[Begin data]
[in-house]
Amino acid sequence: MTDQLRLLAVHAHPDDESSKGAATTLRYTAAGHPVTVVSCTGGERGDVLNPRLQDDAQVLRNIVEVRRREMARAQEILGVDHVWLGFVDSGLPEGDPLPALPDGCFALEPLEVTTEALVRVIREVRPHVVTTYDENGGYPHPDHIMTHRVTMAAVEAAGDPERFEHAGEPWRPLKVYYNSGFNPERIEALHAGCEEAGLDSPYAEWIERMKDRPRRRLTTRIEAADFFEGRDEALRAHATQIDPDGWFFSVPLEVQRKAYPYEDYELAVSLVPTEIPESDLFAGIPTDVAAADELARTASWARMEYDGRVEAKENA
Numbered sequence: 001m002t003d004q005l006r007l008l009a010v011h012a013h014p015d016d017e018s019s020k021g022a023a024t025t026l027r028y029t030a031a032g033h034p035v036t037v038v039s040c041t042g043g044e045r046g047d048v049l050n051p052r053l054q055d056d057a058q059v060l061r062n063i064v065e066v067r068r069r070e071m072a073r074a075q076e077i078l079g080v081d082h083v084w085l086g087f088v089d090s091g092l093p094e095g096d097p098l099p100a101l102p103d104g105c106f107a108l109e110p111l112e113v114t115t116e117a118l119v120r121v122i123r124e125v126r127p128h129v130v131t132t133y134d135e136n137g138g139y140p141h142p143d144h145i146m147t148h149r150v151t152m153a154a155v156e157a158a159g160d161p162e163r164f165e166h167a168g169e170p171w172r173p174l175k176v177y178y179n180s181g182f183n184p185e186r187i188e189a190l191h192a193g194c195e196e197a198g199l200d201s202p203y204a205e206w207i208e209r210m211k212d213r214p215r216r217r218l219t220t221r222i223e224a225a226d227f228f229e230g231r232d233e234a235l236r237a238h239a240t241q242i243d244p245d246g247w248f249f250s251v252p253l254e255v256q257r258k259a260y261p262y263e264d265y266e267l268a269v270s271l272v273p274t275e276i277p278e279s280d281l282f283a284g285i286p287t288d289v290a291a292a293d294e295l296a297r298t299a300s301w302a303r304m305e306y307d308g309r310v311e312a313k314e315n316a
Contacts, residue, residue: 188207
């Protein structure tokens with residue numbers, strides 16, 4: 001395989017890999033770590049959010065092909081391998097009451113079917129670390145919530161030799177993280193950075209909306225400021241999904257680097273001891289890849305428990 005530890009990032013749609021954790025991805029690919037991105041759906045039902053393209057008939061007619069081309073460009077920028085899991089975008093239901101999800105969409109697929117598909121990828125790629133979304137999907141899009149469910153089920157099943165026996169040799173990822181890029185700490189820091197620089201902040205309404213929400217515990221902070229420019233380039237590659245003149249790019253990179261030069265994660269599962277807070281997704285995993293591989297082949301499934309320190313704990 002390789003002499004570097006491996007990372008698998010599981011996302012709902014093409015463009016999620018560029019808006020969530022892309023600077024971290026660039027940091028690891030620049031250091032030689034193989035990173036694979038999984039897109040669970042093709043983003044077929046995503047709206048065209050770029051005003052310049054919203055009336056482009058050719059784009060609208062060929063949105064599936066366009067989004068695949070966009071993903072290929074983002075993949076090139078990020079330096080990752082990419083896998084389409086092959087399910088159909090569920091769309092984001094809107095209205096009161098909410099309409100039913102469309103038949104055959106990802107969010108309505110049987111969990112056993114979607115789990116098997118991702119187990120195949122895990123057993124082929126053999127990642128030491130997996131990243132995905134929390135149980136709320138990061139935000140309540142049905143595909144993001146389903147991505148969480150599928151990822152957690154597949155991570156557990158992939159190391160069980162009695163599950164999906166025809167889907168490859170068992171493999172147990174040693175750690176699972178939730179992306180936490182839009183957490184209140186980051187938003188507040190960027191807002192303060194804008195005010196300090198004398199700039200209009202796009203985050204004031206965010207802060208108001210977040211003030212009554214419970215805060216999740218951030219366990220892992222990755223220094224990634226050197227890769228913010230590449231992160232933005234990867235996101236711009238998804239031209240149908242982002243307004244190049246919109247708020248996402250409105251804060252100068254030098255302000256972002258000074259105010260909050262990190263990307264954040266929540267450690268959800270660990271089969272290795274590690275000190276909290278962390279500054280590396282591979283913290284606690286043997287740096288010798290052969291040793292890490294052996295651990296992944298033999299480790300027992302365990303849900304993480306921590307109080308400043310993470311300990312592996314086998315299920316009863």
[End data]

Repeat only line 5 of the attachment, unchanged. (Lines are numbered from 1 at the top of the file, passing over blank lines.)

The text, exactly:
């Protein structure tokens with residue numbers, strides 16, 4: 001395989017890999033770590049959010065092909081391998097009451113079917129670390145919530161030799177993280193950075209909306225400021241999904257680097273001891289890849305428990 005530890009990032013749609021954790025991805029690919037991105041759906045039902053393209057008939061007619069081309073460009077920028085899991089975008093239901101999800105969409109697929117598909121990828125790629133979304137999907141899009149469910153089920157099943165026996169040799173990822181890029185700490189820091197620089201902040205309404213929400217515990221902070229420019233380039237590659245003149249790019253990179261030069265994660269599962277807070281997704285995993293591989297082949301499934309320190313704990 002390789003002499004570097006491996007990372008698998010599981011996302012709902014093409015463009016999620018560029019808006020969530022892309023600077024971290026660039027940091028690891030620049031250091032030689034193989035990173036694979038999984039897109040669970042093709043983003044077929046995503047709206048065209050770029051005003052310049054919203055009336056482009058050719059784009060609208062060929063949105064599936066366009067989004068695949070966009071993903072290929074983002075993949076090139078990020079330096080990752082990419083896998084389409086092959087399910088159909090569920091769309092984001094809107095209205096009161098909410099309409100039913102469309103038949104055959106990802107969010108309505110049987111969990112056993114979607115789990116098997118991702119187990120195949122895990123057993124082929126053999127990642128030491130997996131990243132995905134929390135149980136709320138990061139935000140309540142049905143595909144993001146389903147991505148969480150599928151990822152957690154597949155991570156557990158992939159190391160069980162009695163599950164999906166025809167889907168490859170068992171493999172147990174040693175750690176699972178939730179992306180936490182839009183957490184209140186980051187938003188507040190960027191807002192303060194804008195005010196300090198004398199700039200209009202796009203985050204004031206965010207802060208108001210977040211003030212009554214419970215805060216999740218951030219366990220892992222990755223220094224990634226050197227890769228913010230590449231992160232933005234990867235996101236711009238998804239031209240149908242982002243307004244190049246919109247708020248996402250409105251804060252100068254030098255302000256972002258000074259105010260909050262990190263990307264954040266929540267450690268959800270660990271089969272290795274590690275000190276909290278962390279500054280590396282591979283913290284606690286043997287740096288010798290052969291040793292890490294052996295651990296992944298033999299480790300027992302365990303849900304993480306921590307109080308400043310993470311300990312592996314086998315299920316009863």